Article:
The U.S. Great Plains: Where, a few hundred years ago, the buffalo roamed -- and where, hundreds of millions of years ago, the dinosaurs roamed.

Fossilized bones from a trio of Triceratops, unearthed in Wyoming. Black Hills Institute of Geological Research

One of the most recent finds is a trio of Triceratops unearthed in Wyoming. The group contains one of the most complete skeletons of the famous dinosaur ever discovered, and could possibly be a mated pair and their baby. The bones tell the story of a messy end for the trio – the biggest Triceratops bears bite marks that seem to come from a Tyrannosaurus rex.

"If you can imagine, this is a bone that is nearly four feet long," Peter Larson, president of the Black Hills Institute of Geological Research, told CNN. A Tyrannosaurus "would kind of chop the carcass up with their giant, shearing jaws," easily butchering both flesh and bone.

"I think we also have a feeding site for Tyrannosaurus rex, which is very exciting," Larson told CNN. "This is potentially a site where we can learn the behavior of two different species."

The Great Plains of the U.S. used to be home to a large sea that split North America in two. These seabeds provided an ideal environment for preserving fossils of the creatures that once walked, swam, or flew through the area. If you’re looking for a big cache of fossils, your best bet would to head north from Wyoming. Neighboring Montana is a treasure trove of dinosaur fossils, producing more finds than any other U.S. state.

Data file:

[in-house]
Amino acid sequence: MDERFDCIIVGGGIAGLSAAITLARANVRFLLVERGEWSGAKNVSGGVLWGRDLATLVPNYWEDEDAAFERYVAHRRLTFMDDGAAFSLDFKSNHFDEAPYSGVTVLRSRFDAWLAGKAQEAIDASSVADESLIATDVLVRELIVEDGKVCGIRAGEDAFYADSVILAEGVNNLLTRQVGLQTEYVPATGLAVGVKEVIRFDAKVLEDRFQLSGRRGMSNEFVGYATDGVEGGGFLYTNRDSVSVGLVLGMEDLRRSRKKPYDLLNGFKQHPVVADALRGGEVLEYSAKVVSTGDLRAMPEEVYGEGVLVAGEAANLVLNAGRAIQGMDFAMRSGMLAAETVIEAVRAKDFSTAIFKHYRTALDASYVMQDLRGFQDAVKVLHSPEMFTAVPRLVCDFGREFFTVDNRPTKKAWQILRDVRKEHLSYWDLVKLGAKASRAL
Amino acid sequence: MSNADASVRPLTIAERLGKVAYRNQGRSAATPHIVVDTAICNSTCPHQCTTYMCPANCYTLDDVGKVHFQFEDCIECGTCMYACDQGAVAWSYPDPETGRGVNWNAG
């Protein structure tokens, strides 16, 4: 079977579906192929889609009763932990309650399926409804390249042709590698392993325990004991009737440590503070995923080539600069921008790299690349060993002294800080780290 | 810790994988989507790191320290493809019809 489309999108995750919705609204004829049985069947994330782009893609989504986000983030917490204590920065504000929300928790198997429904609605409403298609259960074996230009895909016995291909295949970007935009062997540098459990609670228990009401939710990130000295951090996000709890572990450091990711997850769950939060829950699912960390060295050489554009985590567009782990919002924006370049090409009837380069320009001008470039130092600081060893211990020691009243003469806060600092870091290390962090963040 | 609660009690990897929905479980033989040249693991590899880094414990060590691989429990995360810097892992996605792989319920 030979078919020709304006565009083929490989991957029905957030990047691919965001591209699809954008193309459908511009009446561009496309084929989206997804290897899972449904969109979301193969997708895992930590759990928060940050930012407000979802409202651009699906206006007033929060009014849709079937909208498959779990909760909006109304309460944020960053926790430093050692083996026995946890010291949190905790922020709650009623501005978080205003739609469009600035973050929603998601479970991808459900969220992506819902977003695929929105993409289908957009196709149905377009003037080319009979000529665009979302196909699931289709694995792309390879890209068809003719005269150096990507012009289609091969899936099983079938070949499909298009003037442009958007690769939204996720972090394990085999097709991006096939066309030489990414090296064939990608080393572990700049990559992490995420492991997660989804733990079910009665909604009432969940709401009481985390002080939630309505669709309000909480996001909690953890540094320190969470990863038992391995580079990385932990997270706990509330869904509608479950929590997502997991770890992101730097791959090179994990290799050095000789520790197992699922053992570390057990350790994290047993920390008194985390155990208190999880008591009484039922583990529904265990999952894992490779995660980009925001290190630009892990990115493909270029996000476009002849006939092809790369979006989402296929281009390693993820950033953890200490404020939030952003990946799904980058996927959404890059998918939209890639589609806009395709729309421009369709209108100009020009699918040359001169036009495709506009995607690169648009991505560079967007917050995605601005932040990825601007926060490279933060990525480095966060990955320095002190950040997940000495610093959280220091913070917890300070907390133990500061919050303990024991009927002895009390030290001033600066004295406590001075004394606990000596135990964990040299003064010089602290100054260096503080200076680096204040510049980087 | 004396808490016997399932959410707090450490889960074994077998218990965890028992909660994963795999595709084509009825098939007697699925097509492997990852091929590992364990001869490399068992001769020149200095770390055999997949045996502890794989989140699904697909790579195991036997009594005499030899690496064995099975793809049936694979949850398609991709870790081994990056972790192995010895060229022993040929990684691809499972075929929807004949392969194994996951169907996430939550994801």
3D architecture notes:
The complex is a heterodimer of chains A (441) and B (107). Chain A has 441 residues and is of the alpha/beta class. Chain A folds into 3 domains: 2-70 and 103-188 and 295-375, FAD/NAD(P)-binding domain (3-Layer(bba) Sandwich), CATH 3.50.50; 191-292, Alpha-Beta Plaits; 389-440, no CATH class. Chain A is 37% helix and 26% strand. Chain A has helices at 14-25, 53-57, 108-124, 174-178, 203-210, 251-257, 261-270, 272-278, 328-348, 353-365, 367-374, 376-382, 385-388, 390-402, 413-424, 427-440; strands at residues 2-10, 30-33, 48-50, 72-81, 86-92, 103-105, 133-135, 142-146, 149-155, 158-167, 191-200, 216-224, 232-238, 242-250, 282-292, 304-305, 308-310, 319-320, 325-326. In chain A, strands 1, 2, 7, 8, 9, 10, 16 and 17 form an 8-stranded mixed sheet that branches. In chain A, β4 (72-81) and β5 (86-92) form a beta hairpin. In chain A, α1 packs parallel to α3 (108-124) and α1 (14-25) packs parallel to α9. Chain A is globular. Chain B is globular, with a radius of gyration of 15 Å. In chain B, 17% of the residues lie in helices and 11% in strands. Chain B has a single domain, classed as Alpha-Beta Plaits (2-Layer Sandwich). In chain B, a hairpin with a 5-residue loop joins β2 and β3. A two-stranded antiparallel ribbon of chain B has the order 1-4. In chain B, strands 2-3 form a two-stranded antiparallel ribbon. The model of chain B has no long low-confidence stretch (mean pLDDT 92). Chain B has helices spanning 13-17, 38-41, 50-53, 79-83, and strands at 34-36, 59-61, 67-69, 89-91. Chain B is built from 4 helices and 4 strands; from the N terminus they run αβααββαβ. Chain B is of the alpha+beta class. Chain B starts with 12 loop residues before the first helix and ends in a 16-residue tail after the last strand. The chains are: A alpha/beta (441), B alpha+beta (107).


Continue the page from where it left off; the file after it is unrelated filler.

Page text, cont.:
The club-tailed Ankylosaurus, Triceratops, the long-necked Apatosaurus and even Tyrannosaurus rex – they all once called ancient Montana home. In fact, one of the first official pieces of evidence of T. rex was found in Montana in 1902, by excavators working for the American Museum of Natural History in New York. (However, the first actual T. rex fossil was found in Wyoming in 1900, and named Dynamosaurus imperiosus by its discoverers. Both finds were described in a 1905 paper, but because Tyrannosaurus appeared one page before Dynamosaurus, we stuck with the former.)

The Velociraptor hails from Mongolia, but the popular perception of raptors, as seen in "Jurassic Park," is modeled after a Montana-dwelling predator called Deinonychus. In reality, the Velociraptor was much smaller than most people realize, and would come up to an average human’s mid-thigh. Deinonychus, on the other hand, could grow up to 11 feet long and weighed up to 160 pounds.

Modern depiction of Deinonychus antirrhopus feeding on a Zepheryosaurus. Wikimedia Commons/Emily Willoughby

And yes, it had some wickedly cruel claws:

Other dinosaurs that once roamed Montana include the diminuitive Bambiraptor, which was about two feet long. Some paleontologists speculate that Bambiraptor might have had opposable fingers that would make it easier to transfer food from its “hands” to its mouth.